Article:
Perseverance, Curiosity Fuels Big Dreams for First-Generation MA Grad
Renissa Gannie will graduate in June with a master’s degree in English and Literary Arts
Only 10 years ago Renissa Gannie was cleaning houses near the University of Denver — she remembers it well. As she made the same trek back and forth past campus, she would often remark to herself, ‘I’m going to go there one day.’
Originally from Guyana, South America, Gannie came to the United States when she was 17 years old. She spent some time “living in the shadows,” as she called it, but eventually became a U.S. citizen and earned her associate degree from Horry Georgetown Technical College in South Carolina.
“To survive [life’s challenges], what I did was read books that validated me and helped give me this drive, this passion to eventually one day fulfill my dreams,” Gannie said.
She fondly recalls reading the Harry Potter series as well as “Percy Jackson and the Olympians” series and her go to classics of Jane Austen and Charlotte Bronte, along with Sabaa Tahir’s “An Ember in the Ashes” series.
During her time in community college, several of her professors pushed her to pursue further education and she had her own dreams of teaching. With a 4.0 GPA she was told, “You’re a big fish in a small pond here, you belong somewhere else” and she was encouraged to “aim higher.”’
But there was only one school she wanted to attend; it was the same university in Denver that she recalled passing by so many times before.
Whether it was to quiet the naysayers, to follow her dreams, or maybe a little bit of both, she applied and was accepted to DU.
Gannie, a first-generation and non-traditional student, earned her bachelor’s degree in history and English with a concentration in literary studies in 2021 and is now just weeks away from graduating again from DU — this time with a master’s degree in English and Literary Arts.
Her next step is to get a PhD in Victorian literature from Indiana University Bloomington, and she is hoping to apply to teach at a four-year college thereafter.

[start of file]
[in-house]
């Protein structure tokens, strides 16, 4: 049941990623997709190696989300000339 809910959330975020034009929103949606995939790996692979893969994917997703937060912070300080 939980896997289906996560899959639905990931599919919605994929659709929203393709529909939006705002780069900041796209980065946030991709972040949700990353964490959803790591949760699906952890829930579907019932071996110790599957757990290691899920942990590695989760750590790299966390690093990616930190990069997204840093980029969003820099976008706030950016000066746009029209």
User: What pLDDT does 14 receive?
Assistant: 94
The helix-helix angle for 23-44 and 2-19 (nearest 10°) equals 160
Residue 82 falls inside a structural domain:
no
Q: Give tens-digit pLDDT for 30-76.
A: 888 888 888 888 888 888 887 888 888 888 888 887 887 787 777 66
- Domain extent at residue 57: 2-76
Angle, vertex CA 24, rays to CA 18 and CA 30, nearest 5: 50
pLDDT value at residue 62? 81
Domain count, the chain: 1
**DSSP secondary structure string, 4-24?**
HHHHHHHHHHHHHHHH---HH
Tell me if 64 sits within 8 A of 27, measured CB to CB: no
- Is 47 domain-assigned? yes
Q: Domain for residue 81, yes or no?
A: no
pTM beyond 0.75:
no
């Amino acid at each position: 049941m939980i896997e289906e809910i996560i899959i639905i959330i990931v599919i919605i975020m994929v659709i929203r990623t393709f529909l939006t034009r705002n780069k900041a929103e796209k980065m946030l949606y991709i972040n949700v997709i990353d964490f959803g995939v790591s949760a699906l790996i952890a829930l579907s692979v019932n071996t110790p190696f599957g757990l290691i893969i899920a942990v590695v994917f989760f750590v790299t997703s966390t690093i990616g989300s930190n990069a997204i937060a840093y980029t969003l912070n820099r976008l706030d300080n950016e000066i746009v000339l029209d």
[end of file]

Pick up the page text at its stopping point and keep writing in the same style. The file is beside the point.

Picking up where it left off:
“My dream is coming closer and closer because all I’ve ever wanted to do is teach, and I’m hoping that it will come through,” Gannie said.
One of the first classes Gannie took at DU was called “Prostitute of the Pen,” and the subject matter reinforced her love for 18th Century women writers.
“I’ve met some amazing professors who have shaped my way of thinking and have helped me open up and broaden my horizon and my mind,” Gannie said.
Hardin, who informally serves as one of Gannie’s professional mentors, described her work ethic and intellectual curiosity as both admirable and commendable.
“Her literary research interests allow her to bring her undergraduate training in history into conversation with her MA training in literary studies, which will allow her to make compelling contributions to her fields,” Hardin said.
Reflecting on Gannie’s journey at DU, Stratton, her thesis advisor, noted that “seeing Renissa achieve what she has over the last four years has been truly amazing. She is a shining example of what someone can achieve with hard work and dedication, driven by a love of knowledge. But what has been most memorable is that she has done all of this with a sense of positivity and witty humor that is truly inspiring.”
Gannie spent much of her time working with the College of Arts, Humanities & Social Sciences (CAHSS) First-Generation College Student Program as its program coordinator. She is also a writing consultant for the University Writing Program.
Being a first-gen student herself, Gannie knows well how impactful programs such as these can be for students who may not have parents or other adult figures in their lives who have experienced college education and can help them navigate the experience.
“She has said more than once that she wants to pay back the generosity that she herself has benefitted from. She wants to be an agent for positive change for our students,” said Chad Leahy, chair of the Department of Spanish Language, Literature & Cultural Studies and director of the CAHSS first-gen program.
Leahy said Gannie is a “tireless defender and champion” of students in the program.
“She is always available and always willing to help them, day or night. She knows people's names and she knows people's stories. She serves as an inspiring mentor who is never afraid to tell it like it is, even if sometimes the message is difficult to hear. She cares deeply about them,” Leahy added.
Through support, direction, and connections with faculty and peer mentors, students in the CAHSS first-gen program learn how to navigate academic and social barriers to improve their college and career success. Program resources include finding paid student internships and connecting students to faculty and alumni mentors.
Gannie admitted that she still struggles with imposter syndrome but stresses to her mentees — and herself — the importance of balance and recognizing that they do belong.
“Never give up no matter what. Things are always going to come up, things are always going to happen ... Just keep going, just one foot in front of the other. You can do it,” Gannie said.